Warning: cyclone Monica's a monster - National - smh.com.au
As Cyclone Monica bears down on Darwin, the weather bureau has issued a stark warning: "It's as strong as any cyclone we've seen in the Australian region.''
The category five storm, which has wind gusts up to 350 kmh at its core, was 70 kilometres off the coast of Millingimbi in the Northern Territory at 1600 AEDT.
"[From] the analysis we've been doing, [Cyclone Monica] is as strong as any cyclone we've seen in the Australian region,'' said supervising meteorologist Andrew Tupper at Darwin's Bureau of Meteorology.
He said the cyclone is expected to make landfall tonight somewhere between Maningrida and Croker Island - about 350 kilometres from Darwin - before slowly tracking its way towards the Territory's capital.
If the weather bureau's predictions prove correct, Darwin will feel Monica's full force by tomorrow afternoon - but the bureau can't say exactly how strong it will be by then.
"Even if it hits Darwin, we don't expect it to be quite that strong. [It will be] anything between a category three to five,'' he said.
Darwin's Anzac Day march and services cancelled
The cyclone has forced the cancellation of Darwin's Anzac Day march and services.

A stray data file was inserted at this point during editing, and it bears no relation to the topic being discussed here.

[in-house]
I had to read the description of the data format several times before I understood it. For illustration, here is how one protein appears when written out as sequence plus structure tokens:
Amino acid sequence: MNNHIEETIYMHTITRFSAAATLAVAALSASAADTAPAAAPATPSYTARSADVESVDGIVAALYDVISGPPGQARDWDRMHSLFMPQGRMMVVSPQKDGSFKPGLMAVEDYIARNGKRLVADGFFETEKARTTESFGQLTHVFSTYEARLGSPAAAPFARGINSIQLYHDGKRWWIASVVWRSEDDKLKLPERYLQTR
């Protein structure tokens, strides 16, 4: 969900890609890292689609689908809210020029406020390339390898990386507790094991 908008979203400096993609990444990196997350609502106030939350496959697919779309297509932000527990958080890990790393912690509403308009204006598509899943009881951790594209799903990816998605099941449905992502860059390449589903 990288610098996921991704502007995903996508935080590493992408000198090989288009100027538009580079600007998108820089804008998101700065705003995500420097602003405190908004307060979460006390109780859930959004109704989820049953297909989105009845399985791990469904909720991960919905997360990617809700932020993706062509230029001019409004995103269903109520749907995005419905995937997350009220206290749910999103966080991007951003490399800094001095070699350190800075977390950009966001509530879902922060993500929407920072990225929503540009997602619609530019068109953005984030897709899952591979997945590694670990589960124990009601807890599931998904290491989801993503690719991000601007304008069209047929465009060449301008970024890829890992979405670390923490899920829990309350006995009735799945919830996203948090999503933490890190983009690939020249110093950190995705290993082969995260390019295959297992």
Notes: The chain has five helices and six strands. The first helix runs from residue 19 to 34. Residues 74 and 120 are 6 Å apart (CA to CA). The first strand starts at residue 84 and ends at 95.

Darwin RSL manager Mussy Shaw today said the decision was made to protect both marchers and military equipment.
"We made the decision because we didn't want to damage some of the old war equipment we use in the march and obviously we need to protect the people as well," he said.
Mr Shaw said the decision was not made lightly.
"It's Australia's biggest day and we have to cancel it, so people are very upset," Mr Shaw said.
Darwin residents have been urged to secure their homes and stock up on essential supplies.
Monica would prove to be a serious threat even if it weakened, Mr Tupper said.
"Our most optimistic forecast is it will be a category three at Darwin. We're preparing for a category three and a category five would be the most pessimistic.
"A category three cyclone is still a very serious cyclone - we're tracking it very carefully and hoping it will change course.
"We're expecting gales will affect Darwin. There's almost no way around that.
"The edge will hit about dawn tomorrow and the core will approach later in the day.
"Even if the track changes, Darwin will still receive a glancing blow."